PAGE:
Peele and His Horrors: A Brief Introduction


I still remember the day I went to watch Us in the cinema with my friends after a long day of college where we were trying to make our own (quite rubbish) films. We had thought we needed to rejuvenate our artistic senses by seeing Peele’s new offering. A crowd of five of us stuffed ourselves in the middle of the screening and waited in the dark to finally feast on Peele’s sophomore film Us. Michael Abels’ haunting, rhythmic chanting that opened the film, with the red eyes of a white rabbit peering at us all the while had my heart chanting and twisting with excitement. I remember feeling ill, shocked, terrified and quite impressed by the end of the screening, so all in all I felt it a brilliant social horror.

Peele, interestingly enough, spent his pre-film career doing comedy and his Obama impression had him performing for the president himself in the White House. Horror, however, Peele professes is his first love. His upcoming film Nope, set to be released this summer, is a mysterious new addition to his filmography with an exceptionally intriguing backstory attached to the title. It turns out Nope was inspired by the lively reactions of people in the cinema, especially Black audiences, when they sit down for a good old fashioned horror picture. They call out, saying, ‘Nope!’ to the dangers lurking on screen. He compares horror films to roller coasters, citing they are no fun alone, and that the unique audience experience is ‘what he loves to encourage’.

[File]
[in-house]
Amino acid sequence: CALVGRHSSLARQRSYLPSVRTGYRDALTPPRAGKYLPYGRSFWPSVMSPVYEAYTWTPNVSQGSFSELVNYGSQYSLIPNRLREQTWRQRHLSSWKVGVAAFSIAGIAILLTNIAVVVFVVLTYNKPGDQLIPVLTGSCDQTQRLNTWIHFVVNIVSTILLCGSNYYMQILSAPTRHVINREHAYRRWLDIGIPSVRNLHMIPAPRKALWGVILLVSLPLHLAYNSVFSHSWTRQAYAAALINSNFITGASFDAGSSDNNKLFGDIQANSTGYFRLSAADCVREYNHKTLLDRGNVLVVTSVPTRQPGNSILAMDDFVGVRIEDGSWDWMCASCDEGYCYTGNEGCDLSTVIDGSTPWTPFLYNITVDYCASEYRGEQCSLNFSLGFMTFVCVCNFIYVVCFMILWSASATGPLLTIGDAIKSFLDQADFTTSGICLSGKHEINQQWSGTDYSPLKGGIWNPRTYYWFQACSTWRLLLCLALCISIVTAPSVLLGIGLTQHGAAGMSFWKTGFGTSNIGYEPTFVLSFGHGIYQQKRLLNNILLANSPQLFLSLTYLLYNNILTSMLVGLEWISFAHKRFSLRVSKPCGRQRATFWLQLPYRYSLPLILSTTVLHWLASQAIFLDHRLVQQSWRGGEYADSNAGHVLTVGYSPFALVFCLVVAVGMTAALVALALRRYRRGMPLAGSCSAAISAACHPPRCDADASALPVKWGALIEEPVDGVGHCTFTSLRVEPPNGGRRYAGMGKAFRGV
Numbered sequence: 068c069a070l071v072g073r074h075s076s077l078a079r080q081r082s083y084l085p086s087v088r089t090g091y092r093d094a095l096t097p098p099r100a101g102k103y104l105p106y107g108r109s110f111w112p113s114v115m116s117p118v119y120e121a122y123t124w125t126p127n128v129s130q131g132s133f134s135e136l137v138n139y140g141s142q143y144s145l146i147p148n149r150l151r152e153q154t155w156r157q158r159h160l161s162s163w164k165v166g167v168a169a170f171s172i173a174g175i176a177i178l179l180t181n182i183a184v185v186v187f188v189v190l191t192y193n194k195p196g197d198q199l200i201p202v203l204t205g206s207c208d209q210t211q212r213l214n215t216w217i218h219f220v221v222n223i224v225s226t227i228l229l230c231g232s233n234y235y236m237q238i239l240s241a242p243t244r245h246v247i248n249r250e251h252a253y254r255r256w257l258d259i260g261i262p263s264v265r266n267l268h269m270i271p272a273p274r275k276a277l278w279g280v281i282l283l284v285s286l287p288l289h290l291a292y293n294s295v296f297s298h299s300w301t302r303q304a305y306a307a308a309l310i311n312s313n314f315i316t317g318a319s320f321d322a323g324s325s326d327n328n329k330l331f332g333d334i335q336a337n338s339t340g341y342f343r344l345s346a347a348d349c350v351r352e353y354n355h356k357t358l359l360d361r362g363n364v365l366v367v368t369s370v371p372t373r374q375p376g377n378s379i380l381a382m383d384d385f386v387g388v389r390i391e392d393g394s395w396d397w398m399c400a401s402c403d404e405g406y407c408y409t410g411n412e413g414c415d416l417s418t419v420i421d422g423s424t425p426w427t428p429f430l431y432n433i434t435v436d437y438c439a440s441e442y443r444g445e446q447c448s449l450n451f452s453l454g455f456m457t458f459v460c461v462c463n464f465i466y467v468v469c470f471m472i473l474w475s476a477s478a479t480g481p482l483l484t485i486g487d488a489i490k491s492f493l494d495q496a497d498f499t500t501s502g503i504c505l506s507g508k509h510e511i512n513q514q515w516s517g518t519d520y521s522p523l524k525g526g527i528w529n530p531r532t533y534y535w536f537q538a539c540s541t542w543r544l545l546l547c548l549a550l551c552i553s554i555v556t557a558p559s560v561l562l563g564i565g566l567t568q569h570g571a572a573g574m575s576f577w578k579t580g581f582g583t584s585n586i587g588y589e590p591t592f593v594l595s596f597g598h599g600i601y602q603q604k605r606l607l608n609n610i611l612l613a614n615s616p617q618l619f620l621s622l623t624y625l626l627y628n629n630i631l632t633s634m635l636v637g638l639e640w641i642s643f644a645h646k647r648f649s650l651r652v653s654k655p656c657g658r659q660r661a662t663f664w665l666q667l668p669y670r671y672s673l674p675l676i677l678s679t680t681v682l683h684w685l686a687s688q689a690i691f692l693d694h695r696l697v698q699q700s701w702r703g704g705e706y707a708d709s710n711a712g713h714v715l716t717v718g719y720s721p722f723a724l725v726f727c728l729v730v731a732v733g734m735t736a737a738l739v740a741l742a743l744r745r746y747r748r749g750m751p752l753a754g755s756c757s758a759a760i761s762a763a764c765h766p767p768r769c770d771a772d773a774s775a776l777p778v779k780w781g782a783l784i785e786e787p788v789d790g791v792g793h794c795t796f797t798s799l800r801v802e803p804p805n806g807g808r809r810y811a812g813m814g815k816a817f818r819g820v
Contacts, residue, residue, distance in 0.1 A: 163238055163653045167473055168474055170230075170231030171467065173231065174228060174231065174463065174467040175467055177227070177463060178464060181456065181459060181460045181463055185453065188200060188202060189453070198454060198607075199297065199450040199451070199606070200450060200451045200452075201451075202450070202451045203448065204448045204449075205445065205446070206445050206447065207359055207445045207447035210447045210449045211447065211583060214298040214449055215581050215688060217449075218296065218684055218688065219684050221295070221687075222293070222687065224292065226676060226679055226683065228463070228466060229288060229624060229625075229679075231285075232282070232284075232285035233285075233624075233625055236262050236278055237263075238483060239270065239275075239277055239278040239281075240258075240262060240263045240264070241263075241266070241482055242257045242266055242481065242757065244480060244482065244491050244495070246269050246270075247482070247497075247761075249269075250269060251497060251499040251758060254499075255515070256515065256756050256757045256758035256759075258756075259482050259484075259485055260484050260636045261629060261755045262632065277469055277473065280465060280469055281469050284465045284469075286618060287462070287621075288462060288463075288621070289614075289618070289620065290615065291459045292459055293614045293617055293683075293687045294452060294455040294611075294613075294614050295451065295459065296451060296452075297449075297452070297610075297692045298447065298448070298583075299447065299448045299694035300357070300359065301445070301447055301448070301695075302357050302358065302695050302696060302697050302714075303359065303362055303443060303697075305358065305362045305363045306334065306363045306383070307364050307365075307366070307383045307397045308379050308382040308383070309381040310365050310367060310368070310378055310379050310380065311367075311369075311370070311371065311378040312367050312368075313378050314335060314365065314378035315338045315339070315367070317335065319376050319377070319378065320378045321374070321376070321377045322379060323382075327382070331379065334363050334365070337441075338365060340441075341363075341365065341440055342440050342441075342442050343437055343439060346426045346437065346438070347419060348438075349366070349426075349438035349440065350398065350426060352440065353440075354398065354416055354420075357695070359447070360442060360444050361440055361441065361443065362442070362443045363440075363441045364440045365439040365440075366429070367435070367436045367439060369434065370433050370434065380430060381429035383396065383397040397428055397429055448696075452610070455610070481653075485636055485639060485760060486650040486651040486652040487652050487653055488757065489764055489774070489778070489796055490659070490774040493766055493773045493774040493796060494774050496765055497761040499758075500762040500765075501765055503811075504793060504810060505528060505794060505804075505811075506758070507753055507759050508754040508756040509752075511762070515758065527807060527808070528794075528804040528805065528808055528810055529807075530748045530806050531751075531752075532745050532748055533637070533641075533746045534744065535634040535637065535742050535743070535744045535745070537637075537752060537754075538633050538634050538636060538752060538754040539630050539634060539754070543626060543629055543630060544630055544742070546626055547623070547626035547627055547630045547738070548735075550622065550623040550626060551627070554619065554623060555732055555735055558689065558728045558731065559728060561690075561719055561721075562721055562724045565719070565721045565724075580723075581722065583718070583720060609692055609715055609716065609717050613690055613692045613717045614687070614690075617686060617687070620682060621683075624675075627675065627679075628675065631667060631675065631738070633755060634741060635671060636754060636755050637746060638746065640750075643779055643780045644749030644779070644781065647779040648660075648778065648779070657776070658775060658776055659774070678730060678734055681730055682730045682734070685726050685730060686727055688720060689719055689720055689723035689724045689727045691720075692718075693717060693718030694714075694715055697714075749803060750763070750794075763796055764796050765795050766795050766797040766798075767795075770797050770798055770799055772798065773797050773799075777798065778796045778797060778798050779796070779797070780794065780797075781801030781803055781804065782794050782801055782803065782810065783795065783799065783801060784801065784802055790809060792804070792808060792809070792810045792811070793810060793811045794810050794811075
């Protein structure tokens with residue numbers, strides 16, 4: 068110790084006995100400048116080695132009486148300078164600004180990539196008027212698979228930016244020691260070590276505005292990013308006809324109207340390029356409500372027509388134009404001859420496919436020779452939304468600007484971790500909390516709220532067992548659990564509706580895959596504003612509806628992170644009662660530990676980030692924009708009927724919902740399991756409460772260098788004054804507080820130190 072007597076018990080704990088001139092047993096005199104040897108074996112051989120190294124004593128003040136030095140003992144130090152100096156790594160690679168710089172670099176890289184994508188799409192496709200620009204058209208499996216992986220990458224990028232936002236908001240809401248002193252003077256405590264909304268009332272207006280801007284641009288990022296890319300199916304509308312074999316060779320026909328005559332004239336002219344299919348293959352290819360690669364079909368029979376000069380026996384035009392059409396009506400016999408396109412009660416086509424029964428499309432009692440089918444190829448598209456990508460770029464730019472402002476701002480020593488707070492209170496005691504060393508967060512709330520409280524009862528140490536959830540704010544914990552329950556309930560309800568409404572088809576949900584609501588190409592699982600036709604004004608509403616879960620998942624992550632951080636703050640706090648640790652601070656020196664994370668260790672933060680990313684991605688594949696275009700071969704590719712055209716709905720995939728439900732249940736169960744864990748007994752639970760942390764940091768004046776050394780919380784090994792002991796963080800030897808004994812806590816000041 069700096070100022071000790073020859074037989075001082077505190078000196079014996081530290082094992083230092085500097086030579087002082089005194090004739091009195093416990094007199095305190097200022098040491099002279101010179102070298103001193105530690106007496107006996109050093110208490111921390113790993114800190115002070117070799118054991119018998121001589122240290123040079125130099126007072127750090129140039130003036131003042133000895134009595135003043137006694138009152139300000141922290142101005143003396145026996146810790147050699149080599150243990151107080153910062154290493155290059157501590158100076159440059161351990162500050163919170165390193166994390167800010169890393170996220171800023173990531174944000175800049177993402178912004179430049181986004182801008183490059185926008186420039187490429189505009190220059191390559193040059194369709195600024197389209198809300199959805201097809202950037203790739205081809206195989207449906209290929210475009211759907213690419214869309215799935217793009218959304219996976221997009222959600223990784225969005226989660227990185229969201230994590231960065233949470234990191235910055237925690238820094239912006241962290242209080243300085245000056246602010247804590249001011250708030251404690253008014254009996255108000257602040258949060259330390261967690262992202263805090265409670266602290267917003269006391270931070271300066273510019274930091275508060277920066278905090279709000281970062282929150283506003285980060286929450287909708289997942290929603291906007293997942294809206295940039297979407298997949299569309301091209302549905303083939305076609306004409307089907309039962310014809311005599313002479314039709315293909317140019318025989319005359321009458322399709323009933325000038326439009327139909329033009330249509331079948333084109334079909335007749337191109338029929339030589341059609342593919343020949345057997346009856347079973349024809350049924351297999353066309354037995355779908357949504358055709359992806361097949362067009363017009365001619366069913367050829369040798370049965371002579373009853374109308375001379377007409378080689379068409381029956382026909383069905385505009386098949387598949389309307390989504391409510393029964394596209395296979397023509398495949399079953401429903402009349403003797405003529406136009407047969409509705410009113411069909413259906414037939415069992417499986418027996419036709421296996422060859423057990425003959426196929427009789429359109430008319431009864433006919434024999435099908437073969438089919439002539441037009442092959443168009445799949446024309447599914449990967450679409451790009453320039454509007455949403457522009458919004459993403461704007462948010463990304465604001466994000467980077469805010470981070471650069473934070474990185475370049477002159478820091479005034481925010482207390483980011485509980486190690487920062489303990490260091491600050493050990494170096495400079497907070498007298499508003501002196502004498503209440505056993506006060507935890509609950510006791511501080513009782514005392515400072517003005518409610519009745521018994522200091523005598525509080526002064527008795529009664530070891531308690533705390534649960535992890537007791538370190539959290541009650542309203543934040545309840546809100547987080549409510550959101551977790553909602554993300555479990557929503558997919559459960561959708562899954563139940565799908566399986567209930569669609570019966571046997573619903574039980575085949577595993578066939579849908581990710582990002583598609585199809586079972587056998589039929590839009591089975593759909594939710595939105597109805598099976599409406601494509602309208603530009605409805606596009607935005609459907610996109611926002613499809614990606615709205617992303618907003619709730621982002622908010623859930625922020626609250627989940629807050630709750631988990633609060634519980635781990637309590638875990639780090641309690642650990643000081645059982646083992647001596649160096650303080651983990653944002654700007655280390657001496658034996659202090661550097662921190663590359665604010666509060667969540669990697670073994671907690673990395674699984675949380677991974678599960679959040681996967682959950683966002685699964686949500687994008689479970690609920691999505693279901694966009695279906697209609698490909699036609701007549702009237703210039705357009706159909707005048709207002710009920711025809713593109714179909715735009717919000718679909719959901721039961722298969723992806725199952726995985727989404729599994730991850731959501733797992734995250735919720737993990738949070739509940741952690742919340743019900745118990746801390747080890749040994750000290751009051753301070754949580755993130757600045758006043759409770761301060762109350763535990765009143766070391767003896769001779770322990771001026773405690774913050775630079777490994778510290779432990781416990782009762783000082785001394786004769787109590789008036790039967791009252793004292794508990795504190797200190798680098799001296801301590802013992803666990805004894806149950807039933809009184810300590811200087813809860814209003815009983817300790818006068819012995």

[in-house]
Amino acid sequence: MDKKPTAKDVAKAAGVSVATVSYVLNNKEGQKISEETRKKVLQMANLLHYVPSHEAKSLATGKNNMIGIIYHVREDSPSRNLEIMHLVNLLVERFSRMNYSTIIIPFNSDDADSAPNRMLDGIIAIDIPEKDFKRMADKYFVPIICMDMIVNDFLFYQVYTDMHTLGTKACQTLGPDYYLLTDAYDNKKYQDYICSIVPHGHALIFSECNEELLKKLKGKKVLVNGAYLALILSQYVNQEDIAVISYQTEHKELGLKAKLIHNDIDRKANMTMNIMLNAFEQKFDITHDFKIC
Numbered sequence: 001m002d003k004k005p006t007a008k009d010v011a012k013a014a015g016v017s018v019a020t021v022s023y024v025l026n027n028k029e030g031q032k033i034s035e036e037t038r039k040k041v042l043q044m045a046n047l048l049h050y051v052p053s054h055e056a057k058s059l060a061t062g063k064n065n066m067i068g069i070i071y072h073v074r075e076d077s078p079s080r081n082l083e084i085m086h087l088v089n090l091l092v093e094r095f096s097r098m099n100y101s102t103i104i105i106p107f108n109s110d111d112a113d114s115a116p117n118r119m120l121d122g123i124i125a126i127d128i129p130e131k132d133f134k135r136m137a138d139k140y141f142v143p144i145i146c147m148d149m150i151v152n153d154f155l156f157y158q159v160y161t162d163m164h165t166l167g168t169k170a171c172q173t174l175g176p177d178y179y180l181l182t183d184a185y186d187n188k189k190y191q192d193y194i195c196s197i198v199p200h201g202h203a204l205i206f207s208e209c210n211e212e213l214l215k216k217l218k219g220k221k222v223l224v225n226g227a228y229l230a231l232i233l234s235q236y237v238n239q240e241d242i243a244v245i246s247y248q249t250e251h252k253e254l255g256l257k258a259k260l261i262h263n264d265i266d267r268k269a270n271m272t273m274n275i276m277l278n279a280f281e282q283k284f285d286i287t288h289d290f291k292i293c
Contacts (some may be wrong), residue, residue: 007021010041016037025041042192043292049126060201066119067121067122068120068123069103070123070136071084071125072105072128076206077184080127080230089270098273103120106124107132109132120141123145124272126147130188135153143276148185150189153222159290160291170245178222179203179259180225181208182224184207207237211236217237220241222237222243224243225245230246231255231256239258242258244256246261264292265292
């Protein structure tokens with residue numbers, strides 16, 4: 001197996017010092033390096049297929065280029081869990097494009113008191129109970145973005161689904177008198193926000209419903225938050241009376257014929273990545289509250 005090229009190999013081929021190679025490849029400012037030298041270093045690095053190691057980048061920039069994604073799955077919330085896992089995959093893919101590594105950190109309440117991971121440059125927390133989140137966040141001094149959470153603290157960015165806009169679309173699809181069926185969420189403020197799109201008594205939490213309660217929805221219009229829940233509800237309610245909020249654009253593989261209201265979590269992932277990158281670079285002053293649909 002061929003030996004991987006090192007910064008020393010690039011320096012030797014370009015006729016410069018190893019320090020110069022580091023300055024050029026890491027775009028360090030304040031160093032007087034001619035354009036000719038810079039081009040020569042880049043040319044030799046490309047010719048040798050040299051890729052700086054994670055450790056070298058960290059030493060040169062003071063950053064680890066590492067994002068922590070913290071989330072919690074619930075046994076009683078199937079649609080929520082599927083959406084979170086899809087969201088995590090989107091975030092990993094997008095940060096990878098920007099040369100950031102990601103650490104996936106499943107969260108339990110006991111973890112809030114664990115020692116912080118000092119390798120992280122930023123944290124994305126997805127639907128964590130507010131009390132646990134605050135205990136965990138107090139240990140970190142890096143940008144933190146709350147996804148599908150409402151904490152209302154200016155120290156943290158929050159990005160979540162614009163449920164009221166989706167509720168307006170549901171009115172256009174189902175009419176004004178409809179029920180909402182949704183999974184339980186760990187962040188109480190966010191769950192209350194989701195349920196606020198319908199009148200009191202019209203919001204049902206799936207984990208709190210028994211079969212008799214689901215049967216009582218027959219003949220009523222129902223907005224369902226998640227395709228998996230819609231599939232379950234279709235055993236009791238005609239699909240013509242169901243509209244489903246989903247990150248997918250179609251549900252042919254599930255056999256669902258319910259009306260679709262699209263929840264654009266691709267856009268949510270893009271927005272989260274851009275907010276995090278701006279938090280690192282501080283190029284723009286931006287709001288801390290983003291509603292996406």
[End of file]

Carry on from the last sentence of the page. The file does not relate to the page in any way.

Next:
Peele is a master of thrills and his horrors take on a very particular lens which both provokes and pushes viewers into questioning what is truly horrifying in this world of ours. Using the horror genre as his medium, Peele explores various pertinent themes such as classism and race through use of social allegories, ongoing motifs and symbolism. Where Get Out is a clever and frightening visualisation of modern day racism and fetishism that Black Americans face to this day, Us is an elaborate critique of class systems and poverty. His films function to psychologically as well as physically stimulate audiences - they don’t have a spooky ghost hiding in the dark waiting to scare us. He uses humans and our world to portray the true monsters, the ones inside ourselves. Peele confirms that his ‘works are pointed at this idea of humanity’s dark side’. He uses our fear of the other, he explains, and turns the tables to force us to acknowledge what we truly fear; ‘Our sin, our guilt, our contribution to our own demise,’ which no one wants to own up to.

Knowing all this, I’m wracked with excitement for Nope and to unpeel what he’s got to offer us next.

Sofia Akram, Youth Board Member


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